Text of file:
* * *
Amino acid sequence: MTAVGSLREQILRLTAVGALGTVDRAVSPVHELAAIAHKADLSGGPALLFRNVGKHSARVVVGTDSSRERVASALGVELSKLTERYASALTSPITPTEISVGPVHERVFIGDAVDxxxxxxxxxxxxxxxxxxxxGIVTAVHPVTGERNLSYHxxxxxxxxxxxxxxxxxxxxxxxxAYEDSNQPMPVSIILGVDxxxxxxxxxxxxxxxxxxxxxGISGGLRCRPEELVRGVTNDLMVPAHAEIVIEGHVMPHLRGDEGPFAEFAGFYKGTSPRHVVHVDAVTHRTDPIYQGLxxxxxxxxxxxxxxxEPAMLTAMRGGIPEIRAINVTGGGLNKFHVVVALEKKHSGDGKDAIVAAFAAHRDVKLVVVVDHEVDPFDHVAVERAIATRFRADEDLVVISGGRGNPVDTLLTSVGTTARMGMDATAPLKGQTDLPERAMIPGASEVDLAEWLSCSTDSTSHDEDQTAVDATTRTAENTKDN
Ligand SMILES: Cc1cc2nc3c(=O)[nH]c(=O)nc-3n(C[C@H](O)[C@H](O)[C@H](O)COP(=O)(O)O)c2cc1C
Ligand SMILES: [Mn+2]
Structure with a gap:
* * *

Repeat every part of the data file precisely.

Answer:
Amino acid sequence: MTAVGSLREQILRLTAVGALGTVDRAVSPVHELAAIAHKADLSGGPALLFRNVGKHSARVVVGTDSSRERVASALGVELSKLTERYASALTSPITPTEISVGPVHERVFIGDAVDxxxxxxxxxxxxxxxxxxxxGIVTAVHPVTGERNLSYHxxxxxxxxxxxxxxxxxxxxxxxxAYEDSNQPMPVSIILGVDxxxxxxxxxxxxxxxxxxxxxGISGGLRCRPEELVRGVTNDLMVPAHAEIVIEGHVMPHLRGDEGPFAEFAGFYKGTSPRHVVHVDAVTHRTDPIYQGLxxxxxxxxxxxxxxxEPAMLTAMRGGIPEIRAINVTGGGLNKFHVVVALEKKHSGDGKDAIVAAFAAHRDVKLVVVVDHEVDPFDHVAVERAIATRFRADEDLVVISGGRGNPVDTLLTSVGTTARMGMDATAPLKGQTDLPERAMIPGASEVDLAEWLSCSTDSTSHDEDQTAVDATTRTAENTKDN
Ligand SMILES: Cc1cc2nc3c(=O)[nH]c(=O)nc-3n(C[C@H](O)[C@H](O)[C@H](O)COP(=O)(O)O)c2cc1C
Ligand SMILES: [Mn+2]
Structure with a gap: